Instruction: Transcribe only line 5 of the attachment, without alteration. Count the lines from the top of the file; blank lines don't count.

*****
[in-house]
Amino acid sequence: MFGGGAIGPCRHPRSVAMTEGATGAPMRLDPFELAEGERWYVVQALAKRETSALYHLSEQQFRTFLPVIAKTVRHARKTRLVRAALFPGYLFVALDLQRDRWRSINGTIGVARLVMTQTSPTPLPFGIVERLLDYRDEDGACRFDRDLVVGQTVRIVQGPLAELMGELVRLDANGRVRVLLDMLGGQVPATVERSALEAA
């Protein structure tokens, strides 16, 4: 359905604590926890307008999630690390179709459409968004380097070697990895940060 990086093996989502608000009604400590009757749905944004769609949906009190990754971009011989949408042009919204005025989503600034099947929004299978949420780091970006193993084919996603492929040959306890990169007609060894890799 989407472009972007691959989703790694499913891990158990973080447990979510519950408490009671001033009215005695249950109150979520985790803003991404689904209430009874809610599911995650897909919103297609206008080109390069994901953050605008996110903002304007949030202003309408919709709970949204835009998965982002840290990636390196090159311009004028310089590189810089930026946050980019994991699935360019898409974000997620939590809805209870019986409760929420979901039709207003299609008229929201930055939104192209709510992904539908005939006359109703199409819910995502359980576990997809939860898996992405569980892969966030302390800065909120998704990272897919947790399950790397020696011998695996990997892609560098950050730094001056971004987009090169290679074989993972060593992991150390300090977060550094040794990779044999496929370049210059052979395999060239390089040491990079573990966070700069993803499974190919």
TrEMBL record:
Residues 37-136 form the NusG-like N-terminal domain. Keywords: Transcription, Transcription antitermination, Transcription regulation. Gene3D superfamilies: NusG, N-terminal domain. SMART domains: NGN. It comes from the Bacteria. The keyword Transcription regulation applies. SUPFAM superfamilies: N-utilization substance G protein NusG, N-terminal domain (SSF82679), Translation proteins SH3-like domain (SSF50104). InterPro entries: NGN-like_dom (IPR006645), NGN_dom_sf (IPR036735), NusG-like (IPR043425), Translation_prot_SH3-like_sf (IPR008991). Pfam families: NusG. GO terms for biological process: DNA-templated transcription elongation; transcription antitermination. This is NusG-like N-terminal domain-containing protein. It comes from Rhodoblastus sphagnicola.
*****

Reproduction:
Residues 37-136 form the NusG-like N-terminal domain. Keywords: Transcription, Transcription antitermination, Transcription regulation. Gene3D superfamilies: NusG, N-terminal domain. SMART domains: NGN. It comes from the Bacteria. The keyword Transcription regulation applies. SUPFAM superfamilies: N-utilization substance G protein NusG, N-terminal domain (SSF82679), Translation proteins SH3-like domain (SSF50104). InterPro entries: NGN-like_dom (IPR006645), NGN_dom_sf (IPR036735), NusG-like (IPR043425), Translation_prot_SH3-like_sf (IPR008991). Pfam families: NusG. GO terms for biological process: DNA-templated transcription elongation; transcription antitermination. This is NusG-like N-terminal domain-containing protein. It comes from Rhodoblastus sphagnicola.